These health benefit claims render functional foods quite appealing, and subsequently, there has been increased demand for these products. The current most common compounds used as key ingredients in functional foods are omega-3 polyunsaturated fatty acids, vitamins, minerals and probiotics [8]. According to a recent report, there has been a significant growth and an increase in the demand for functional foods; the functional food market produced a global revenue of approximately 299.32 billion US dollars in 2017 and has been projected to reach 441.56 billion US dollars by 2022 [9]. This correlates with the increase in the cost of healthcare, life expectancy, and the desire for an improved quality of life for the elderly [10].

A massive contributing factor in the demand for health-enhancing food products, the growth of consumer awareness and knowledge of health, has been incredibly influenced by media platforms. People are more aware of the foods they are consuming. They have more knowledge of the roles of food in the diet and how they impact people’s health. Within the media, there is a continuous stream of information, advertisements, and broadcast studies displaying healthy lifestyles and the correlation between an individual’s food choices, and its physiological effects [11]. As the demand for functional food products increases, consequently there is a search for new sources of key ingredients. There is a wide range of sources that new and current functional food ingredients are being derived from such as marine, fruit, vegetable, plant, grain and dairy [12].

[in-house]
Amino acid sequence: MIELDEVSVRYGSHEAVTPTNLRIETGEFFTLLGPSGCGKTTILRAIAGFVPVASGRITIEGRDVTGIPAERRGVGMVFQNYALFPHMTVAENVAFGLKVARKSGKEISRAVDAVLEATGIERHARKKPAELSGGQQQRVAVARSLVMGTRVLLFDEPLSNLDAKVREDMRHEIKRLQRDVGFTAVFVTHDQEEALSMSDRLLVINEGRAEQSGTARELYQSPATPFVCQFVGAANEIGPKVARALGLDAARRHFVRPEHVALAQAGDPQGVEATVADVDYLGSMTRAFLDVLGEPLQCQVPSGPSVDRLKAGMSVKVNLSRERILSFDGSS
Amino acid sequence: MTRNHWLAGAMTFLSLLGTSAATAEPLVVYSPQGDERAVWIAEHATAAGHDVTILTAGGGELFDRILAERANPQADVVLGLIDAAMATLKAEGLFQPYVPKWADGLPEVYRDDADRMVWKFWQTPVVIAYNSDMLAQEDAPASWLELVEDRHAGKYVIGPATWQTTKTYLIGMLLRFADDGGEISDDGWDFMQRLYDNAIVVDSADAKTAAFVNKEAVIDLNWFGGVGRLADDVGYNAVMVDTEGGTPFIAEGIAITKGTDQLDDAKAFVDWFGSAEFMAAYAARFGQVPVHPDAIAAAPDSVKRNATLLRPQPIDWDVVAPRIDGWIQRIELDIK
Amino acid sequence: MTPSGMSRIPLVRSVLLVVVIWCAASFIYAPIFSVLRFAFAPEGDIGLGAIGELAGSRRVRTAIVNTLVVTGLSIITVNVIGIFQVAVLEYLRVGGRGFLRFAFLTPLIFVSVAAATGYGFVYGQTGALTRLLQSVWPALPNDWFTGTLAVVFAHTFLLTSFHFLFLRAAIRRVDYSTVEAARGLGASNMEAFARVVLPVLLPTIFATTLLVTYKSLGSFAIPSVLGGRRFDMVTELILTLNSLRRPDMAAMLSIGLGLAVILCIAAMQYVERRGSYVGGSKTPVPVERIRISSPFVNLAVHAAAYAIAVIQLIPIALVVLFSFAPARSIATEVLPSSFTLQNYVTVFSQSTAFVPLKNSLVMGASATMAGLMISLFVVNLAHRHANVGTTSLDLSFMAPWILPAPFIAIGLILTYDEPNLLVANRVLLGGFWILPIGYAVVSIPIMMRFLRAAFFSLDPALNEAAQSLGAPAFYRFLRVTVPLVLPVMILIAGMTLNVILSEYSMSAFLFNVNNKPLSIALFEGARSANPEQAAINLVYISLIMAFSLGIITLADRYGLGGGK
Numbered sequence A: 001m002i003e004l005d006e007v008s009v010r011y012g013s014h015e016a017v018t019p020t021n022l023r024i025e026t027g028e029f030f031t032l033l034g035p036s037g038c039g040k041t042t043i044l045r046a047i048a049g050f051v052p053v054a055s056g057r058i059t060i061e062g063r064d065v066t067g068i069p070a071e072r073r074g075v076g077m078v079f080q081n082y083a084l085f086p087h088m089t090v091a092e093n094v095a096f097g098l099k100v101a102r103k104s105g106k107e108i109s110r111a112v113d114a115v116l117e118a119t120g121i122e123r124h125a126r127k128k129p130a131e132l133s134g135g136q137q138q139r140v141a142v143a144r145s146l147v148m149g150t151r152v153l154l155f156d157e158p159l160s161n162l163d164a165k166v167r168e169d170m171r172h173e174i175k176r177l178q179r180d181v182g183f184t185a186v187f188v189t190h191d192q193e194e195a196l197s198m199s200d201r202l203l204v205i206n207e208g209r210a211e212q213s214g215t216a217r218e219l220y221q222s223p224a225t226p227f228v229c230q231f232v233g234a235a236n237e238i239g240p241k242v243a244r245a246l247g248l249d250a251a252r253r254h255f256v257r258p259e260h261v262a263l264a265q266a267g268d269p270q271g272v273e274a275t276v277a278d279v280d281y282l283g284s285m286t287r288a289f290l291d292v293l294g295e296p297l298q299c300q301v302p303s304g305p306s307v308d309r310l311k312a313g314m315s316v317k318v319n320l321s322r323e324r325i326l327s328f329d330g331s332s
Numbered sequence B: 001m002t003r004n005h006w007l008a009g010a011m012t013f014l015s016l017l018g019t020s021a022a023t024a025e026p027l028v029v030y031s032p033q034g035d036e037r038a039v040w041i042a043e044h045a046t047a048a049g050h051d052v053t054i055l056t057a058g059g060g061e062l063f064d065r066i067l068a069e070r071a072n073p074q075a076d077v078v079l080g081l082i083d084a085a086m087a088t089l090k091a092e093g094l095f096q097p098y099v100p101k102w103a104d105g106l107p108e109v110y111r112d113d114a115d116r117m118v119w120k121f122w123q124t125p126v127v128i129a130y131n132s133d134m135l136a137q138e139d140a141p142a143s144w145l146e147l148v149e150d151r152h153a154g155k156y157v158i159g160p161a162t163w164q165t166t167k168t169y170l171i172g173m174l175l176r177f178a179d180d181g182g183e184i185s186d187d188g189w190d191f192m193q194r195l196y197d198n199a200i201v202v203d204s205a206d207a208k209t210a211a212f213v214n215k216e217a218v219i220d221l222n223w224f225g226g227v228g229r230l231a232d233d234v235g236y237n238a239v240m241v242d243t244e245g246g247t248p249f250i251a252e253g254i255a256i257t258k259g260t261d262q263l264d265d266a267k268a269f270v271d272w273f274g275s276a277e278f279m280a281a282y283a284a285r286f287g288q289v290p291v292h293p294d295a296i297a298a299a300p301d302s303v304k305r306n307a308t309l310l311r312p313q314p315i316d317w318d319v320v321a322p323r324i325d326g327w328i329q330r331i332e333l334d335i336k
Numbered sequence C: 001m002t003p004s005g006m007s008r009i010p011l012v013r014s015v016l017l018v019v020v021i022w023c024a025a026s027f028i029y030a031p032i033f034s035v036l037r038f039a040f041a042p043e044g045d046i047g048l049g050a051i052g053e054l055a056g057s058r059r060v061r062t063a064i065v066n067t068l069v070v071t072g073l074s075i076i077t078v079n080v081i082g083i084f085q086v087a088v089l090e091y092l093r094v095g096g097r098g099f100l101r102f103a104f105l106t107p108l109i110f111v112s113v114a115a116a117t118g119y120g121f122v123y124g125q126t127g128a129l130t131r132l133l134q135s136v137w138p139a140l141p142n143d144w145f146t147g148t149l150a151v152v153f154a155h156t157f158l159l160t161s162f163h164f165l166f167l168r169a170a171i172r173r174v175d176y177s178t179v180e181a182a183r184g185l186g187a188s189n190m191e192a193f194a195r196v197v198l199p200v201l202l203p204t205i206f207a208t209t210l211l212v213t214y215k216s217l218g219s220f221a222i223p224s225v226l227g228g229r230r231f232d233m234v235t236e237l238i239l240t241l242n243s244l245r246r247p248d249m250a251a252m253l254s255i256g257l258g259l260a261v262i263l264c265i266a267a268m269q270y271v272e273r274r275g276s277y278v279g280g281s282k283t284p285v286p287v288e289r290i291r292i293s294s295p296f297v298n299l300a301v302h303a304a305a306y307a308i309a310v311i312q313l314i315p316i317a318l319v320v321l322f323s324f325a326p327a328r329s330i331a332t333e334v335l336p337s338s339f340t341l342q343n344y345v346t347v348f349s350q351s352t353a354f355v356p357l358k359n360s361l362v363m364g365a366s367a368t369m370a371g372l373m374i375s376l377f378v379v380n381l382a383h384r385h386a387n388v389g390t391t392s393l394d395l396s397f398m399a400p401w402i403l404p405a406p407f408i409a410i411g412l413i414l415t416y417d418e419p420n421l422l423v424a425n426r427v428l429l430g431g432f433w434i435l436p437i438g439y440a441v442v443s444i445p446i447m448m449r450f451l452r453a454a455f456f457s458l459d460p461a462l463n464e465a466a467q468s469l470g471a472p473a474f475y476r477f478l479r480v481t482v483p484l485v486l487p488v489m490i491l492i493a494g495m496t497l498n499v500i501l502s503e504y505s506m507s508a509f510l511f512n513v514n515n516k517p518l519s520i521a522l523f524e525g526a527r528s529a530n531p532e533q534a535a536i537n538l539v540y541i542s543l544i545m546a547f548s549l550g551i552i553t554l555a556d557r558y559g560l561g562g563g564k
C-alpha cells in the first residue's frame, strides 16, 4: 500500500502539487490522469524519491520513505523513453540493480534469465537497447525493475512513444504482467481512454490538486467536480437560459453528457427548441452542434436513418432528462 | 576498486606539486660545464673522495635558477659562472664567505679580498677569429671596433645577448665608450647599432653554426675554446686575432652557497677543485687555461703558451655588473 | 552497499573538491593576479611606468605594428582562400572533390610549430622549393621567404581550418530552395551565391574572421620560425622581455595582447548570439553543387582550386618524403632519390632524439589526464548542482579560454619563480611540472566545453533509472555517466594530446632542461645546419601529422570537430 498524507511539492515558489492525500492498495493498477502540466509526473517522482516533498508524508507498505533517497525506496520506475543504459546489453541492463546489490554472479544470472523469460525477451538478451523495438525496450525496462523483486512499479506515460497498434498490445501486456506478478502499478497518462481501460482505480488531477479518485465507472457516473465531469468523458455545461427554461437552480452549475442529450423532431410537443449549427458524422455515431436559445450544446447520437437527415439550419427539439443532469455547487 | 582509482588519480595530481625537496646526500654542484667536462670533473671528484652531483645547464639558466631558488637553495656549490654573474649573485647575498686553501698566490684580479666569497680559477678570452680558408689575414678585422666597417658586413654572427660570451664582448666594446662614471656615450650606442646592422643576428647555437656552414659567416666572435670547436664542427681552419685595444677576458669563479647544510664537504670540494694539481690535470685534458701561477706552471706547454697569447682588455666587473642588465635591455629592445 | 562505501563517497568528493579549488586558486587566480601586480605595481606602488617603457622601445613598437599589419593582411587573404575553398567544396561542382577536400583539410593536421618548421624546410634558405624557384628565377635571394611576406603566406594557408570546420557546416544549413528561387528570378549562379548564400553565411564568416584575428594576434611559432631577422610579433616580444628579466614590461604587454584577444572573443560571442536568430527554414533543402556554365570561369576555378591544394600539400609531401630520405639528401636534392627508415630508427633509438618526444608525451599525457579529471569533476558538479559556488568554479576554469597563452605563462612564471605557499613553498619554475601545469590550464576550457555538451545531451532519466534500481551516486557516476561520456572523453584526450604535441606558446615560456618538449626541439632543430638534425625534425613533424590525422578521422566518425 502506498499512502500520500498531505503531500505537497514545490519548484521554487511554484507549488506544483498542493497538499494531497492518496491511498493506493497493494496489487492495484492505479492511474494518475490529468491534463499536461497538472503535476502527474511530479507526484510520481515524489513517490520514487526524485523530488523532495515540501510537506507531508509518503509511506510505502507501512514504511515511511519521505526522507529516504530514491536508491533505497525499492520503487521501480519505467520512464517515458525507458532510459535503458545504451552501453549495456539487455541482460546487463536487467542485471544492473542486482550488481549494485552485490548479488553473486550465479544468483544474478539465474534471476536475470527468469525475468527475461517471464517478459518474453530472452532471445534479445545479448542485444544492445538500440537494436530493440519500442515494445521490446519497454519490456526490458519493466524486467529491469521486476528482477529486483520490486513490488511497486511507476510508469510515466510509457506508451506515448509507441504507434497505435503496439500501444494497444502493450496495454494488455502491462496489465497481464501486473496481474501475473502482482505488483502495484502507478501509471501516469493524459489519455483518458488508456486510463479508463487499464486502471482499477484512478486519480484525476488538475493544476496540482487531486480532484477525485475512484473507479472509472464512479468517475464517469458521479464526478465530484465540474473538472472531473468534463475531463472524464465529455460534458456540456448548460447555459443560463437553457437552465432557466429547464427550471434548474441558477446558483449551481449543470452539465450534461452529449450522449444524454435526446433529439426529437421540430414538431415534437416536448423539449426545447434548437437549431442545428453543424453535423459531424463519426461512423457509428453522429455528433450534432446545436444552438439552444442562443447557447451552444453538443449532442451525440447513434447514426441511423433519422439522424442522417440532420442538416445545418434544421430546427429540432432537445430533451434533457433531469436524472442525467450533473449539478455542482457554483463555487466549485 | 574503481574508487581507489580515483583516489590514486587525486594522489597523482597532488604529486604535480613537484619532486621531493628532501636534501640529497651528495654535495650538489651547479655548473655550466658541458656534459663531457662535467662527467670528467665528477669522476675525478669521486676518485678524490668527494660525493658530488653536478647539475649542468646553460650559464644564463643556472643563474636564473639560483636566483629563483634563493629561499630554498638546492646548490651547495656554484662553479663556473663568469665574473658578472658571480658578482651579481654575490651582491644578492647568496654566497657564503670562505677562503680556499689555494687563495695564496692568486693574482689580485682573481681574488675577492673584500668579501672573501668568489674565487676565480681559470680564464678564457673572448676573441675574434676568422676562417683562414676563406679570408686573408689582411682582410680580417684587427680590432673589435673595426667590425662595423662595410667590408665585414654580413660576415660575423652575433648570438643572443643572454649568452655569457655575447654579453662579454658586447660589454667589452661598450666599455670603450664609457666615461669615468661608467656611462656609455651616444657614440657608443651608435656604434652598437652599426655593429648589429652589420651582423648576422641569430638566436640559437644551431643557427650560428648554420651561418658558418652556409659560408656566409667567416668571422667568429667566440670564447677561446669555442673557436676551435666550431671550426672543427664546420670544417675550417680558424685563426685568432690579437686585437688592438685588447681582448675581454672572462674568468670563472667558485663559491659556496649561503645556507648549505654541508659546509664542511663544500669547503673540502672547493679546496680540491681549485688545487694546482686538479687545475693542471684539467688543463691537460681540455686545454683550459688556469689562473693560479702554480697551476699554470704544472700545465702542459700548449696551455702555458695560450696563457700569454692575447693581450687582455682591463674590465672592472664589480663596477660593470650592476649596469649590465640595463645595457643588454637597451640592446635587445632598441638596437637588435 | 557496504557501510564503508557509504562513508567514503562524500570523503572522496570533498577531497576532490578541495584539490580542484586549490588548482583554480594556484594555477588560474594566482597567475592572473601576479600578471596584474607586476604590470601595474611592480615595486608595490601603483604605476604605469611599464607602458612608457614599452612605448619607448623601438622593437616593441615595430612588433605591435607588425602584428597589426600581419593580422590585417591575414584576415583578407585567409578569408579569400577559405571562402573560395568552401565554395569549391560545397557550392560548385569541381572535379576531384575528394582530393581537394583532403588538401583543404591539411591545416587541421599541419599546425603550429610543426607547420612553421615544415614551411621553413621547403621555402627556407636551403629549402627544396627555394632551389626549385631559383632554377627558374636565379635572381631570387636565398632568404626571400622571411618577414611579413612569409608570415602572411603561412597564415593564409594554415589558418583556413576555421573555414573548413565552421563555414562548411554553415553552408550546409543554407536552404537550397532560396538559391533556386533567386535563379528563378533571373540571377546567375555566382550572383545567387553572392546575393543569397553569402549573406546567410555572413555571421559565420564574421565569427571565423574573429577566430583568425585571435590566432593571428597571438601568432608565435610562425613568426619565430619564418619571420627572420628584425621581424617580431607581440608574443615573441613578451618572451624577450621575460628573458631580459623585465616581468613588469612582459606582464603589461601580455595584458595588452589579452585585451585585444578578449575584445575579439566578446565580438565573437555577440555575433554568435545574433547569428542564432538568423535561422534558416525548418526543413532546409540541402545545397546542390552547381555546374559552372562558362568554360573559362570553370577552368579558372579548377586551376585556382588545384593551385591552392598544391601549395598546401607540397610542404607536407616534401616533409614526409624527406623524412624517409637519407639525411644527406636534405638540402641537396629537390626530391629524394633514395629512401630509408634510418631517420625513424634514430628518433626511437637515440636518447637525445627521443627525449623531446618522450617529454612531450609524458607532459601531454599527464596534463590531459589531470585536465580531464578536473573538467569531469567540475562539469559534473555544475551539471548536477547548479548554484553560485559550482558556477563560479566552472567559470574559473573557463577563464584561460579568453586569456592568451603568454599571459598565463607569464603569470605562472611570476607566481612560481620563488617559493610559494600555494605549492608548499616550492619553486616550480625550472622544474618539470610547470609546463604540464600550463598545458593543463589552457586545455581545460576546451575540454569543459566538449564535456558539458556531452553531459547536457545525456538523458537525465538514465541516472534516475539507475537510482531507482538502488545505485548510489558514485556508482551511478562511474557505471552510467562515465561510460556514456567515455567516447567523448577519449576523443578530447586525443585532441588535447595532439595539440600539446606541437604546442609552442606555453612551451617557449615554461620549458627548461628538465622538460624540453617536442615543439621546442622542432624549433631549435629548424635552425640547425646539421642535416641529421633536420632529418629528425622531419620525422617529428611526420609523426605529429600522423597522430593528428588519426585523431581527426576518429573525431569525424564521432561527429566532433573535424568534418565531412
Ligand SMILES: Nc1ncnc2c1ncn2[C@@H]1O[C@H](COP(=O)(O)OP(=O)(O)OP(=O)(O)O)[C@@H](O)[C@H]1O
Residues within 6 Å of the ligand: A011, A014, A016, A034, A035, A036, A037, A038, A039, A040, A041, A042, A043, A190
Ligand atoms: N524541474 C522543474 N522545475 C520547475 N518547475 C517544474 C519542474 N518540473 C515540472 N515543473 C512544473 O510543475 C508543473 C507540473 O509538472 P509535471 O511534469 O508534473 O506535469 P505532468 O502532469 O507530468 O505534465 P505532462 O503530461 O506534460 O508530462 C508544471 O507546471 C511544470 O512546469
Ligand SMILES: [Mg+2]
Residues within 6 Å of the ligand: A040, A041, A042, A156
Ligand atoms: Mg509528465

There has always been a curiosity present in the relationship between a person’s health and the foods that they consume. Consumption of foods has a strong correlation to the positive or negative attitudes consumers possess about it. This is affected by advertising, labelling and general consumer awareness of foods and their health benefits. Effective labelling is crucial as it encourages the purchasing and consumption of such products. This is especially prevalent in functional foods with added ingredients that may not naturally occur within the functional food product e.g., omega-3 polyunsaturated fatty acids in bread. Numerous studies were carried out to evaluate purchasing behaviour of functional foods. Oliveira et al. [13], in their study observed that labels largely influence consumers buying decisions, and label design influenced the attentional capture of specific pieces of information on labels. Consumers were found to experience pleasure from the idea of taking care of themselves and consuming a food product that is health enhancing [14]. As a result, there has been a huge incline in the functional food industry worldwide, including Ireland, and noticeable enthusiasm surrounding health and wellbeing among consumers and the media.